When a disaster forces you to evacuate, and you have minutes to decide what to take with you, you may not have the time to search through files to find your passport, or wait for printouts of your important documents. Whether it’s an earthquake, a fire, or a tsunami warning, you’ve got to get to safety as quickly as possible.
But if you keep an emergency pack by the door, filled in advance with essentials for basic survival and copies of financial documents that can aid your recovery, you’ll be in a much better position to respond to the disaster, both in the short term and the long term.
When it comes to disaster and your personal finances, you will want to be sure of three things: that you can continue to manage your day-to-day finances, that you can efficiently deal with the damage, and that you’ve preserved important documents that would be difficult to replace.
You also will want to anticipate handling these tasks without the Internet, access to your computer, a power source or a network for your cellphone, or electricity in general. Disasters are unpredictable, and the more prepared you are, the better off you will be if things take a turn worse than expected.
•Managing your finances. If you have a working landline, and nothing else, you can still make sure you pay your bills on time, or notify your creditors about unexpected financial hardship that came with the disaster. You just need a printed list that includes the bills that are expected every month, quarter and year. List customer service phone numbers, account numbers and bank account numbers, both from your regular account and your emergency fund, and you’ll be able to manage your finances right off the bat.
Be sure to safeguard this information: you want it available, but you also don’t want identity thieves to get a hold of it. Keep it in a safe place, and tell your trusted family members about it, so that they know to grab it if you’re not home.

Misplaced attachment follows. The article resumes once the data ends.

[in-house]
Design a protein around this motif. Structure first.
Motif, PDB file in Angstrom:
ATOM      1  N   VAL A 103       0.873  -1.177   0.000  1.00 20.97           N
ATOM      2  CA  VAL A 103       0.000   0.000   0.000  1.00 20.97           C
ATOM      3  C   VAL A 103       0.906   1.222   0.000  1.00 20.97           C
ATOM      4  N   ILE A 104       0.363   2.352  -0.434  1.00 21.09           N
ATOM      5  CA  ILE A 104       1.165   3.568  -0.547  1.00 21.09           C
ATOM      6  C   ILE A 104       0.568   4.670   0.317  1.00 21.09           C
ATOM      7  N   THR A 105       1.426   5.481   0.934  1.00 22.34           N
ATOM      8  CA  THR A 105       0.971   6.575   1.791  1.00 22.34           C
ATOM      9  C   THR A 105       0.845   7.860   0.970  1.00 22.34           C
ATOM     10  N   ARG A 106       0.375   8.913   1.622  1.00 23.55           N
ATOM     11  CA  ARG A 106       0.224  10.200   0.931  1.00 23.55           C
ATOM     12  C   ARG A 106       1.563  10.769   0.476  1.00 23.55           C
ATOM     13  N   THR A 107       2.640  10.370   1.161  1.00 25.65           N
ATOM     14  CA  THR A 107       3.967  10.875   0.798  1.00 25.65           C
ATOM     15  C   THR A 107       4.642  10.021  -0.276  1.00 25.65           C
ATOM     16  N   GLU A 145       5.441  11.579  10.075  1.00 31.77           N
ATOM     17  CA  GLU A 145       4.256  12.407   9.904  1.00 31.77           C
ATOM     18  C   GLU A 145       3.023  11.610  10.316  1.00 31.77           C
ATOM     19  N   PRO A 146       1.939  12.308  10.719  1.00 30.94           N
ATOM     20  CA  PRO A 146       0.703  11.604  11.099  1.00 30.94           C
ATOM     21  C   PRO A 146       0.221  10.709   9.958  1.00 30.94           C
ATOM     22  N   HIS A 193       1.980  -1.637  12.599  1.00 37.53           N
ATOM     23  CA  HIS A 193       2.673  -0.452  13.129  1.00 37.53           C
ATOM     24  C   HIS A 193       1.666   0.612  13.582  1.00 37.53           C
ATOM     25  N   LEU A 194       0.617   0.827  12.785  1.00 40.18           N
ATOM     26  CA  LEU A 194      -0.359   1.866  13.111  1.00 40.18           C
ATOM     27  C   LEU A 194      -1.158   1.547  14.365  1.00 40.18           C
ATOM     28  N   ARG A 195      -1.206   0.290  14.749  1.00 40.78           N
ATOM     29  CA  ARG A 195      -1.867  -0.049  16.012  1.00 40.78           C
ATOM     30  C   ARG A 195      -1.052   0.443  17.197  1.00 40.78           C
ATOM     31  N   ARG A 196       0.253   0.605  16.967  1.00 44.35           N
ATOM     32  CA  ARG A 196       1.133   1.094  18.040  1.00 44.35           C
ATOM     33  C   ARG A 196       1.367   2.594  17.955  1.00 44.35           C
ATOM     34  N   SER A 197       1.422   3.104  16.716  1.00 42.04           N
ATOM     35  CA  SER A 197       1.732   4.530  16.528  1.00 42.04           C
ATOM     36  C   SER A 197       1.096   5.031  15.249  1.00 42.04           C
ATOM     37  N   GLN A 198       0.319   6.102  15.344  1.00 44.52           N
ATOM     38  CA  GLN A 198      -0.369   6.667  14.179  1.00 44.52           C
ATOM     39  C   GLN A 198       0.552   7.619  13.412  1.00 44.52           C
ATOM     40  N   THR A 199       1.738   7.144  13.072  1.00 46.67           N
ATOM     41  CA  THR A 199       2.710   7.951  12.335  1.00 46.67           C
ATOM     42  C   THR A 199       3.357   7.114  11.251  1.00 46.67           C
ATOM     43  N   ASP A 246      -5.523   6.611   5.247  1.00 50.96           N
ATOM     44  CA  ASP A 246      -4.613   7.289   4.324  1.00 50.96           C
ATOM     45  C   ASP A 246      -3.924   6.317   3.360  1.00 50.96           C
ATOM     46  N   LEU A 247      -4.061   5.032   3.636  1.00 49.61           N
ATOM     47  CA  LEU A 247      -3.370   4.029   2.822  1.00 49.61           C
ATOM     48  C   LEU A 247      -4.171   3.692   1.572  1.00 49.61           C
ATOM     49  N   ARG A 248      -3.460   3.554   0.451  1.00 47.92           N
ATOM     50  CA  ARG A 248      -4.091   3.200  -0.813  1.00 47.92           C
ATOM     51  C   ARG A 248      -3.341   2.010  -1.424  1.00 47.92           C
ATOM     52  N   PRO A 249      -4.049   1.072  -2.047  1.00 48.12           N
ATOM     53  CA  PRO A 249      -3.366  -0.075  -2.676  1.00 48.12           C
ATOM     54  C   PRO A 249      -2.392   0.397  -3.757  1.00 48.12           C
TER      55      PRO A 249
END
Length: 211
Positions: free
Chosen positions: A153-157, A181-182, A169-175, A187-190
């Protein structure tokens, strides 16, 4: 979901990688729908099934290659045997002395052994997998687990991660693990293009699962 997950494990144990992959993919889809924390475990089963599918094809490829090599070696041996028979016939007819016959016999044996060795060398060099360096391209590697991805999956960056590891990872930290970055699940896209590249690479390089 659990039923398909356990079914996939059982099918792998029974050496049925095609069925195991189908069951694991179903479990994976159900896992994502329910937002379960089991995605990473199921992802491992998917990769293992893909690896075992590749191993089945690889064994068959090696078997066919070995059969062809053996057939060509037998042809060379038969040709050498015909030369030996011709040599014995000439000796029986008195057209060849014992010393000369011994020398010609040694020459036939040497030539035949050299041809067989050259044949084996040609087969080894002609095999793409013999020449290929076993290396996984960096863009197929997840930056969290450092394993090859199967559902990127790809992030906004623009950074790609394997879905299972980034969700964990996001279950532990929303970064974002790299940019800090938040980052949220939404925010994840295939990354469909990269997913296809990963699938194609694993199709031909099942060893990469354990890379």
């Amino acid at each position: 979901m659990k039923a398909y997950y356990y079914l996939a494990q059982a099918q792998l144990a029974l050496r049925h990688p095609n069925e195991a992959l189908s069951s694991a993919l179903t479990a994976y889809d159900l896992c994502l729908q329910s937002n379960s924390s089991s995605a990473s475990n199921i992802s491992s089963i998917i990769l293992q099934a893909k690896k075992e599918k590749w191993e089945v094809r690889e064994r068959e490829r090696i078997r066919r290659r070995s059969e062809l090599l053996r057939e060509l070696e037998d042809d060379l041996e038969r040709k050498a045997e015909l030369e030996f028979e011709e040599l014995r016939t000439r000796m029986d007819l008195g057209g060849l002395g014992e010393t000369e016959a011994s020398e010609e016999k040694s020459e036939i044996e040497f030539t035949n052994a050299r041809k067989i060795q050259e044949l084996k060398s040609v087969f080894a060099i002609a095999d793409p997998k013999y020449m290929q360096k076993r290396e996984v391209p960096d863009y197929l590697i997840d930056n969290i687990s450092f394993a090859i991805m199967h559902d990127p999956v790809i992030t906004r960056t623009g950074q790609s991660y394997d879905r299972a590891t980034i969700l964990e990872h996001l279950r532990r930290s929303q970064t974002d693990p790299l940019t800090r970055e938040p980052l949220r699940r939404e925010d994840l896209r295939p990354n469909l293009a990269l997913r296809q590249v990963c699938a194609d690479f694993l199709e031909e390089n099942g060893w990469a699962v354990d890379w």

Dealing with disaster. You will want contact information and copies of your insurance policies in your pack, along with receipts and an inventory of your belongings. Having that information with you can give you peace of mind, and it can smooth the way for the claims process. You also should consider keeping some emergency cash in your bag.
•Preserving your important documents. It’s a good idea to place your family’s most important papers (records on birth, death, adoption, marriage, divorce, social security, medical instructions), financial records (wills, deeds, insurance policies, tax returns), and digital backups in a safety deposit box. For more peace of mind, you can add copies of these documents to your emergency pack, along with your family’s health insurance cards, prescriptions, passports, emergency contact numbers and an inventory of your financial accounts.
Preparing your finances for disaster can take some time and effort. But when those minutes really count, you’ll be glad you did so.
Michael Camacho is president and chief executive officer of Personal Finance Center. He has more than 19 years experience in retail banking and with financial institutions in Guam and Hawaii. You can email him at firstname.lastname@example.org.